“It has come from the conservative media, mostly in the UK and Australia. The criticism in my mind is completely unwarranted because New Zealand has done nothing but reaffirm the original purpose of Five Eyes,” he said.

Mr Buchanan said that using an intelligence collection network for diplomatic initiatives undermined the diplomats who should be responsible for those initiatives.

“Let us remember, this is not a defence alliance, it is not a diplomatic coalition, it is an intelligence collection and sharing network,” he said.

Good relations intact

Mr Buchanan said that the security relationship in general between New Zealand and its Five Eyes partners was the best it had been since the non-nuclear row in the mid-80s.

His conclusion was: “I think what we have here is a beat-up, put quite simply, and it is going to go away because neither the intelligence partners nor their governments have made any criticism of New Zealand’s stance.”

Food for National’s thought

Revelations in a report by Stuff’s Thomas Coughlan this week have given National something to work on in Parliament if it decides to have another go at Labour for failing to deliver on its promises.

His report, based on documents gained under the Official Information Act, was headlined ‘Government may axe promised roads as costs mount in $12 billion infrastructure package.’

The flagship New Zealand Upgrade Programme (NZUP) was announced in January last year, when Ms Ardern described it as “a once in a lifetime opportunity to invest in New Zealand.”

It included upgrades to schools, hospitals and infrastructure but the centrepiece was $6.8 billion for transport projects with $5.3 billion to be spent on roads.

Mr Coughlan reported that the Programme was “in danger of collapse” with Transport Minister Michael Wood now refusing to say whether all the 22 promised projects would actually be built in the way they were announced.

“That puts the fate of $6.8 billion worth of road and rail infrastructure up in the air and could lead to projects like Auckland’s $1.3 billion Mill Road or Wellington’s $817 million Otaki to North of Levin (Road), and the $258 million Melling Interchange either pared back or dropped entirely,” the report said.

Budget Blowout

The problem is a familiar one – budget blow-out.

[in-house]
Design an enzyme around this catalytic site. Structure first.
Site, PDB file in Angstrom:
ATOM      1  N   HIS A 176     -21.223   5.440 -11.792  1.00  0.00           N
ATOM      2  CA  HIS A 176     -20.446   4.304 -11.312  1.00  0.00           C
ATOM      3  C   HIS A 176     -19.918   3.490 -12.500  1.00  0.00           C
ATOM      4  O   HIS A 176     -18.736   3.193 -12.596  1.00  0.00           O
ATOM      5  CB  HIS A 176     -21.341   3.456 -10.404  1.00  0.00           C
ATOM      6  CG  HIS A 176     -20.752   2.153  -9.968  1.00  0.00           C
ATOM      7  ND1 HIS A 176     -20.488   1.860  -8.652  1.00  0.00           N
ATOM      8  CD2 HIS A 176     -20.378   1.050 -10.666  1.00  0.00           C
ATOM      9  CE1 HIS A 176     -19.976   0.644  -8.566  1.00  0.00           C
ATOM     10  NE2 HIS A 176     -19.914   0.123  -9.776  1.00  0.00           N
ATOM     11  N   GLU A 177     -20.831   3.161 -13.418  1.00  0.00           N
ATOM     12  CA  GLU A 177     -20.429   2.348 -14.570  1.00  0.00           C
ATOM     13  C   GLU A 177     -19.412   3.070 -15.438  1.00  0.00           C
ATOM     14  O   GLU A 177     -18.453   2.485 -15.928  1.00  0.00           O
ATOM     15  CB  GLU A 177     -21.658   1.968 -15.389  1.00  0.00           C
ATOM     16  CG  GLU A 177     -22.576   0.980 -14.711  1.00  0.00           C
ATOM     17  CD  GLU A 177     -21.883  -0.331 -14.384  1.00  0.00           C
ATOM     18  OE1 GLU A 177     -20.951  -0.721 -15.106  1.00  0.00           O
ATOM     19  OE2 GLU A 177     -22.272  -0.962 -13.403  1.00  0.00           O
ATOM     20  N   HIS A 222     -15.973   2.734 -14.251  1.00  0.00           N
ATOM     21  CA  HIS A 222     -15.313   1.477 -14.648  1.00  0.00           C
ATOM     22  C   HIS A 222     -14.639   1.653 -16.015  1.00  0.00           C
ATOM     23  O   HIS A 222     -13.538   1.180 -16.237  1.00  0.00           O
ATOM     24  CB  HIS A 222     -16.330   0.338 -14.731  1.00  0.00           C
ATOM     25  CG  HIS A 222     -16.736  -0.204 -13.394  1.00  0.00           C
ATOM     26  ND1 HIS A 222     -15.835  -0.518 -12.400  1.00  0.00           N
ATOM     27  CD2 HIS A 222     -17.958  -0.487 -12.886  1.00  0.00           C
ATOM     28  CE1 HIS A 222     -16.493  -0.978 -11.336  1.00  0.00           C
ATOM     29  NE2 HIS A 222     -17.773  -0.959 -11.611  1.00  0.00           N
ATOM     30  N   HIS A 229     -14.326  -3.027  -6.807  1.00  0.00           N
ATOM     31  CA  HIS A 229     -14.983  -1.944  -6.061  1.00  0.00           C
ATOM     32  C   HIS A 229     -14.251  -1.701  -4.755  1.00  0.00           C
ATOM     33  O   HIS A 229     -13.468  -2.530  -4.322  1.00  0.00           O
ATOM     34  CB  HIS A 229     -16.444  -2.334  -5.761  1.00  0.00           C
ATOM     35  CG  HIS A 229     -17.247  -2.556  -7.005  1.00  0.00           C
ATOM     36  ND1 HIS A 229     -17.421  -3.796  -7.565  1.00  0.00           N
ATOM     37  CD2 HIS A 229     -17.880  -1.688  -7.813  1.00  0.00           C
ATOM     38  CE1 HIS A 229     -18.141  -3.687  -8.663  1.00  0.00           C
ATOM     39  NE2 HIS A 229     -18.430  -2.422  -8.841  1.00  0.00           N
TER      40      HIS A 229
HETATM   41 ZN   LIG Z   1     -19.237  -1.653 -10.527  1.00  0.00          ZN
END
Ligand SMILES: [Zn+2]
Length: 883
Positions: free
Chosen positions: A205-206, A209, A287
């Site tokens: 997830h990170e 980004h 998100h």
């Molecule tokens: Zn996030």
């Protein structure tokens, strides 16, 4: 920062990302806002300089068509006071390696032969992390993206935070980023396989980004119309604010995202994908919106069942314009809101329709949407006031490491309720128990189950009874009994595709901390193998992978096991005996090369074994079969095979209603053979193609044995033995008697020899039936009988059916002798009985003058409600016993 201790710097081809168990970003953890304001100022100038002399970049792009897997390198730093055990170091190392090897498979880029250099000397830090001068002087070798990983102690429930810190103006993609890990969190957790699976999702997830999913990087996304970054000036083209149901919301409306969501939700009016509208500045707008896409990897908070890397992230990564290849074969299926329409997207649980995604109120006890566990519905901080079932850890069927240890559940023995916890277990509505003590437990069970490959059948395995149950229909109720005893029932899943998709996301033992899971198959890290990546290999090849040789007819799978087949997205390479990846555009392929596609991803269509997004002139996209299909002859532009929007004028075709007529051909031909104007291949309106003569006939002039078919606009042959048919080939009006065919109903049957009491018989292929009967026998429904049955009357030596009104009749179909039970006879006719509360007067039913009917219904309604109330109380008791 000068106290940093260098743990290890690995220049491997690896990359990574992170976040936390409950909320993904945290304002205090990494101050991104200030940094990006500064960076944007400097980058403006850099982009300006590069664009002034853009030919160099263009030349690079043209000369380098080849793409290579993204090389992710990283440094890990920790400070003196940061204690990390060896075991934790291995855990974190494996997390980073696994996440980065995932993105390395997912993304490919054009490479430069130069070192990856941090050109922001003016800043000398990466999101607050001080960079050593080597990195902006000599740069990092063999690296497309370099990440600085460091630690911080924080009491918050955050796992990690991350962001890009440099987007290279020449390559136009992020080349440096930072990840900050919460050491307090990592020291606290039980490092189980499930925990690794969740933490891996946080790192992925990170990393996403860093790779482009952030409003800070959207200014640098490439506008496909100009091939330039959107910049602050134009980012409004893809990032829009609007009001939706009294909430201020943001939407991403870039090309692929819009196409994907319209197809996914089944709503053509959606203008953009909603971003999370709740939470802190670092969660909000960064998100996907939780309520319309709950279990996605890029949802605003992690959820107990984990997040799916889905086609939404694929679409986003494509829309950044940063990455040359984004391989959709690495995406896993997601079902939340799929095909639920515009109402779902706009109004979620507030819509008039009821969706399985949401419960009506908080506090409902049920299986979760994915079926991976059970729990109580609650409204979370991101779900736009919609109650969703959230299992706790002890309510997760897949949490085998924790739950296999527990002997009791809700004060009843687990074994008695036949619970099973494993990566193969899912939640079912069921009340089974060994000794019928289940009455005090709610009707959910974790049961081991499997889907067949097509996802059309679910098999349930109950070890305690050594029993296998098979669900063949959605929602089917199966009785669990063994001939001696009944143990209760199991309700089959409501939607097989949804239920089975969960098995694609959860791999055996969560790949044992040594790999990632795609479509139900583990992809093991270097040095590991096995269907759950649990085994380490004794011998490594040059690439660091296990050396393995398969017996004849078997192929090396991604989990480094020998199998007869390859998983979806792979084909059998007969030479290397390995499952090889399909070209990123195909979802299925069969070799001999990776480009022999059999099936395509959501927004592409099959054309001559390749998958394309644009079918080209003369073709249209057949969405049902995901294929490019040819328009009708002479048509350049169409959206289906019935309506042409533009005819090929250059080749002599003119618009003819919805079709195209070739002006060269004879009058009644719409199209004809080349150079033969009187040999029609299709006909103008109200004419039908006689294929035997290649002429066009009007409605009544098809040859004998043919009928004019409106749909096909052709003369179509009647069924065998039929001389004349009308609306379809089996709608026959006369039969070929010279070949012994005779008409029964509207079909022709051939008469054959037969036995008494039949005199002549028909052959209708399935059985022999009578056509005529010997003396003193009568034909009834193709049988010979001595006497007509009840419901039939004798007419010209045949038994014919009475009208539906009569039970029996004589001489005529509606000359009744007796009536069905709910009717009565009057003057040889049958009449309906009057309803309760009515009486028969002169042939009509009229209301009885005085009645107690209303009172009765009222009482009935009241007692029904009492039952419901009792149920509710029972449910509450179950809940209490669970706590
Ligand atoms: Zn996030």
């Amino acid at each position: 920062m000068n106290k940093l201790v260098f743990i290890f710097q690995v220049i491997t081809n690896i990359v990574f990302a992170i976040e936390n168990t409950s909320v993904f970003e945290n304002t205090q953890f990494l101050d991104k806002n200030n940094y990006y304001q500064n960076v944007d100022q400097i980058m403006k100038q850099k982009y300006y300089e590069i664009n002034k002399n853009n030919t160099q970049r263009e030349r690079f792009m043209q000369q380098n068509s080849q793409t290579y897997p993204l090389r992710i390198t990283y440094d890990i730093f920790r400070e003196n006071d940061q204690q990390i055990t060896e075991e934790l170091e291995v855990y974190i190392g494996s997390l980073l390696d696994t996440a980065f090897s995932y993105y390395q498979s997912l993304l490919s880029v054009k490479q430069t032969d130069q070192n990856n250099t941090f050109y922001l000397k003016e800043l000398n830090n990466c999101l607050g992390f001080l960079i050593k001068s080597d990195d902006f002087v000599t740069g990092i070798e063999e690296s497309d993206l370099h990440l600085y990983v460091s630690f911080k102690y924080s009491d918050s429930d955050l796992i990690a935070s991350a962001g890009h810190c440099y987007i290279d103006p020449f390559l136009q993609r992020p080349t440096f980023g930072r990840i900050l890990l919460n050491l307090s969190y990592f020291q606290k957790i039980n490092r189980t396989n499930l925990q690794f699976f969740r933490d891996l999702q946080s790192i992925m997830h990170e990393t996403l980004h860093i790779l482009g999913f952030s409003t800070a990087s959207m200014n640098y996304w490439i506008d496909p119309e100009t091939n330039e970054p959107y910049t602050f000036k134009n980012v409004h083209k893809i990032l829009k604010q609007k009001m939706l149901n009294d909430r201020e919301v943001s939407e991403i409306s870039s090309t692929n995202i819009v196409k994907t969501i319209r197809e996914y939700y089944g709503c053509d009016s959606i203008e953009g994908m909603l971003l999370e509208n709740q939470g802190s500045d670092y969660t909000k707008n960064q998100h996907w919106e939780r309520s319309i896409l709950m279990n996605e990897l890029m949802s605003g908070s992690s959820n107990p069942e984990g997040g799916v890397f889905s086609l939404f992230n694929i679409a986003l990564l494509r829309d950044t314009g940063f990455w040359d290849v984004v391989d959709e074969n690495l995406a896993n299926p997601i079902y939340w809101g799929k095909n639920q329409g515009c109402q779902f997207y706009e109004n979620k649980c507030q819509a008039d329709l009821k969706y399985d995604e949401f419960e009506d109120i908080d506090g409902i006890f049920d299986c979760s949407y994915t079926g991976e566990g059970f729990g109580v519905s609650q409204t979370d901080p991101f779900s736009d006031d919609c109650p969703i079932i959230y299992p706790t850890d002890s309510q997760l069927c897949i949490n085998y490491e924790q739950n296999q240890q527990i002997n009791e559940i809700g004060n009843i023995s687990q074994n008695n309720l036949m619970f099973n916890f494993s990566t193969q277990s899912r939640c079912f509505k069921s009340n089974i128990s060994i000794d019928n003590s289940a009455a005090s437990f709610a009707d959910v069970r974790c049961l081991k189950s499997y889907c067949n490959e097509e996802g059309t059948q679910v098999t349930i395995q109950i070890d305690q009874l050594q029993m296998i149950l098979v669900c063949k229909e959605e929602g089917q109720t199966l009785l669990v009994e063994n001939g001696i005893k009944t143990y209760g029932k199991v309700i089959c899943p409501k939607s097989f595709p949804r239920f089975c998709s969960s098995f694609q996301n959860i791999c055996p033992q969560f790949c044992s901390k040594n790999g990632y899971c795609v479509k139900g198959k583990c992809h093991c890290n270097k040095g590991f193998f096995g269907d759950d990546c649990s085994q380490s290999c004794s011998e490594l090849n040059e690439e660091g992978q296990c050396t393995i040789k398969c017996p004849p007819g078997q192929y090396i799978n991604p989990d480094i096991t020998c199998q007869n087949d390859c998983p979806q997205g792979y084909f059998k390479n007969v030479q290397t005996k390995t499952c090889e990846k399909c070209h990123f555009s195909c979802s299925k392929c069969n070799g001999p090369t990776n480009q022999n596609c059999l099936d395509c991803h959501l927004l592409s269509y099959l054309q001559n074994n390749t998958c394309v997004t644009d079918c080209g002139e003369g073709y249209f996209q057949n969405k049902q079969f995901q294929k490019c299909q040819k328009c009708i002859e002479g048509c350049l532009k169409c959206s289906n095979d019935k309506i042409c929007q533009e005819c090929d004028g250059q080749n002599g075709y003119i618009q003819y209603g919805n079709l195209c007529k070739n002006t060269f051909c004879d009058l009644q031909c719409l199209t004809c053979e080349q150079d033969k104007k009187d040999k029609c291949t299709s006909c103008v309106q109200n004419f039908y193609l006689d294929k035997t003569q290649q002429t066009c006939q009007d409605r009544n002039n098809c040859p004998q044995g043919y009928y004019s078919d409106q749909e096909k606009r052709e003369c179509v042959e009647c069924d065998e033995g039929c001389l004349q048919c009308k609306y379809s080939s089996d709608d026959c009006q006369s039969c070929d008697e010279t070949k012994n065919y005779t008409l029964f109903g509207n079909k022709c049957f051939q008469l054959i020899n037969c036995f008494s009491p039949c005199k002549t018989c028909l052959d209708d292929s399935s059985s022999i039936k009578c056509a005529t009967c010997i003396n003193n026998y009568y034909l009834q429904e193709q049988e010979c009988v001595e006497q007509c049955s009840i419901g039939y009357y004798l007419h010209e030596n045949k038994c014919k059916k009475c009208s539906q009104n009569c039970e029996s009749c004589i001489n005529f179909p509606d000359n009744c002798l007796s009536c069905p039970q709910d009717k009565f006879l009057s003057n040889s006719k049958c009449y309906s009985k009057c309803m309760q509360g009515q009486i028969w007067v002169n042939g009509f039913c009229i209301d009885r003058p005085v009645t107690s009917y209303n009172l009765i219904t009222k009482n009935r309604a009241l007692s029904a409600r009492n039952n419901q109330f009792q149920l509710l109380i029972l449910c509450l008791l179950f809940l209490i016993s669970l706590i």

The costs, when the programme was announced, were taken from NZTA Waka Kotahi estimates. It then went back and worked on more detailed costings, called baselining.

That took almost a year. Ministers were regularly updated and were warned that costs could be significantly higher – and any over-runs would force Wood to ask for more government money.

Mr Wood told Stuff that cost escalation had been seen across the country post-Covid.

“Given that the Programme was announced pre-Covid, a baselining exercise has been done to provide more certainty around the scope, cost and scheduling of the programme,” he said.

Asked specifically whether he would commit to delivering all the projects, Mr Wood declined to answer, the report said.

Instead, he said that the government was weighing up its options and that the Ministers were considering this advice and an announcement will be made in the future.

Politically contentious

The programme was politically contentious at that time because within it were roads that National wanted to build if it won the 2017 election. They were subsequently set aside by the incoming Labour-led government. It then resurrected them in the NZUP.

National Transport spokesman Michael Woodhouse accused the government of a “flip-flop-flip” and said that it should top up the NZUP fund and get the roads built.

Other developments

The New Zealand Police handed over the Maori Party donations case to the Serious Fraud Office. The Party had failed to declare more than $300,000 of donations to the Electoral Commission on time. Party President Che Wilson said that the mistake was made by volunteers who were “learning the ropes.”

The National Party did not declare a $35,000 donation on time and was given a warning.

Unknown sums of money are being handed over to moteliers to cover damage caused by emergency housing clients – officials are not keeping track of it and cannot put a total figure on it, RNZ reported.

National housing spokesperson Nicola Willis said that it had been extremely difficult to get any information at all and that was unacceptable because it was taxpayer money.

Social Development Minister Carmel Sepuloni admitted the situation was “not ideal.”

Associate Health Minister Dr Ayesha Verrall and Director-General of Health Dr Ashley Bloomfield held a briefing to report the vaccine rollout was ahead of schedule nationwide although some DHBs were not doing so well. Northland missed its target by nearly 4000 jabs and has been given a talking to.

Peter Wilson is a life member of Parliament’s Press Gallery, 22 years as NZPA’s Political Editor and seven as Parliamentary Bureau Chief for NZ Newswire. The above Report has been published under a special agreement with